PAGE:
An Attack on Tenure From a Democratic Administration
Connecticut State U professors say proposals for their new union contract, including the transfer of tenured faculty members to another university and expanding the grounds for dismissing tenured professors, read like an attack on their rights.
Collective bargaining negotiations are often drawn out and contentious, but the process now unfolding within the Connecticut State University system promises to be particularly unpleasant, based on an administrative wish list that includes unprecedented proposals -- such as that tenured faculty members may be assigned involuntarily to another campus, without the guarantee of continued tenure there.
Leaders of the American Association of University Professors-affiliated union representing faculty members at the state's four regional universities are keeping their public comments to a minimum, but they’ve warned union members that the Connecticut State Colleges and Universities Board of Regents for Higher Education's starting point for negotiations is worrisome at best.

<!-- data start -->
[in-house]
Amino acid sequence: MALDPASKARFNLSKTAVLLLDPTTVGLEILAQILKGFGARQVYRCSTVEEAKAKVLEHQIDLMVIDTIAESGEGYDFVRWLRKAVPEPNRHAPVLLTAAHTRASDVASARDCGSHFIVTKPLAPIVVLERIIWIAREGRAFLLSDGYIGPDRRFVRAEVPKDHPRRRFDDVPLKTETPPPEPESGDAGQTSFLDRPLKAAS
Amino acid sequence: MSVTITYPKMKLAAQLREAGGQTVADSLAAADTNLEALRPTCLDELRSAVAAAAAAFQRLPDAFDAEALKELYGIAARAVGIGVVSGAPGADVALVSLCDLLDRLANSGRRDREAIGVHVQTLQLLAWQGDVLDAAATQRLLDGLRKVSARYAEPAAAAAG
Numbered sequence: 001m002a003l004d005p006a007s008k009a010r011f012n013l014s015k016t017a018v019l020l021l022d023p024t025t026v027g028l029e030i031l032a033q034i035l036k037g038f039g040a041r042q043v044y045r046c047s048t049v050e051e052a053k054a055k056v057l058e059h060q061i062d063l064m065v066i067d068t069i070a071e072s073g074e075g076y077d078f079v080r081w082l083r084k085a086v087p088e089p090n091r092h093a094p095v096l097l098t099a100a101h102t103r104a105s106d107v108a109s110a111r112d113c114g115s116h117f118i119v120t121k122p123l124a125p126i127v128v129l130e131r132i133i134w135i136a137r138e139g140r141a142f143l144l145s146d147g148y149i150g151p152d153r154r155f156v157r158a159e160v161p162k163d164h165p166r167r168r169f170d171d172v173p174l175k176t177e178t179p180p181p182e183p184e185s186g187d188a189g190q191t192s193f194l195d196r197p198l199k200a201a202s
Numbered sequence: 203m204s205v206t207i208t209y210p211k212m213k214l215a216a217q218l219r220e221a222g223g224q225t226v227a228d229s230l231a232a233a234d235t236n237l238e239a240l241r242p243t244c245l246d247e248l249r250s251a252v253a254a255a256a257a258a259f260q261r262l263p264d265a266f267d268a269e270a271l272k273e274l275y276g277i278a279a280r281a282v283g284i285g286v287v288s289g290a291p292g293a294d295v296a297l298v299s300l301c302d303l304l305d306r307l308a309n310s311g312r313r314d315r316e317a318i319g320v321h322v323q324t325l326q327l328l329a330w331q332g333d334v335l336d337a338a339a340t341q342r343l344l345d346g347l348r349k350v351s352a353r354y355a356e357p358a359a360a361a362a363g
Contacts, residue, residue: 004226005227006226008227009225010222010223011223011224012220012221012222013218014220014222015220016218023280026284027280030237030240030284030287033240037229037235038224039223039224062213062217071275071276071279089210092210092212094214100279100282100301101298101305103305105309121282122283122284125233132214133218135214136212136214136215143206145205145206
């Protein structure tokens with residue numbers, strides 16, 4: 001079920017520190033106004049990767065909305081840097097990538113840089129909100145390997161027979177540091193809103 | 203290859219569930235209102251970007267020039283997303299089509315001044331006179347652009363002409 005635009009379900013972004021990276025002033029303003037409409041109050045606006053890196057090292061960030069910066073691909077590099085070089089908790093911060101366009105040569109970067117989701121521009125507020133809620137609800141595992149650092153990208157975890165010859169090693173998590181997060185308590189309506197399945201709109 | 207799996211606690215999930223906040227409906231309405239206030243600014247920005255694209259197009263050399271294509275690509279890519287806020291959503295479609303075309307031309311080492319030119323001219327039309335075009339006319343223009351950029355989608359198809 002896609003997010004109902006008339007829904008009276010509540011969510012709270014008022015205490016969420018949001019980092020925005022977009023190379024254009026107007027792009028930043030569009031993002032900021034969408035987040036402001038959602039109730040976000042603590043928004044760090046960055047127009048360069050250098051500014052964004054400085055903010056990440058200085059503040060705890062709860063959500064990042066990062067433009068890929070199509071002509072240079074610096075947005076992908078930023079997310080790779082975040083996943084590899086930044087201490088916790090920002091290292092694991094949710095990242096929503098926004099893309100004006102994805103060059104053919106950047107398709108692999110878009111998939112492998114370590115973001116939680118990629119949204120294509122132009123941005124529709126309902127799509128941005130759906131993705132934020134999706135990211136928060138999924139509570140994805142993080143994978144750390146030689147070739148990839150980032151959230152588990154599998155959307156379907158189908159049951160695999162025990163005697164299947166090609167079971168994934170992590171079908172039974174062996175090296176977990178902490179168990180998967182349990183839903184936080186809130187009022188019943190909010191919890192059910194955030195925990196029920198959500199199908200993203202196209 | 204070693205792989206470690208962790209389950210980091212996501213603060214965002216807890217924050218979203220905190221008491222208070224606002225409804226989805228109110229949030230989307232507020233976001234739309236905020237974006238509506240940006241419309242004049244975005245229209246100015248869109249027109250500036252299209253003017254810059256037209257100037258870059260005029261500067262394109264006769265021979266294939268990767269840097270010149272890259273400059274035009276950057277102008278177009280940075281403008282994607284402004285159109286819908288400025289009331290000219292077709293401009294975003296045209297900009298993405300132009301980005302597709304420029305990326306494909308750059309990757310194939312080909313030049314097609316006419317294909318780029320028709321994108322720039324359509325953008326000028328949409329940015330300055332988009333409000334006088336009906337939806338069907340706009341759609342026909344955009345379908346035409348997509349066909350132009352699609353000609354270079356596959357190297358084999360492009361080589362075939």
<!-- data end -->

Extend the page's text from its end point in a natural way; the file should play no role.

“It is to be expected in such negotiations that the two sides will have very different starting points, but the [board] proposals contain truly drastic alterations to our work conditions,” the state university-wide union’s collective bargaining team wrote in an email update this month, after the first negotiation meeting regarding the 2016-19 contract. “Understand that these are starting points intended to be negotiated; nevertheless, you may find the [board] proposals alarming.”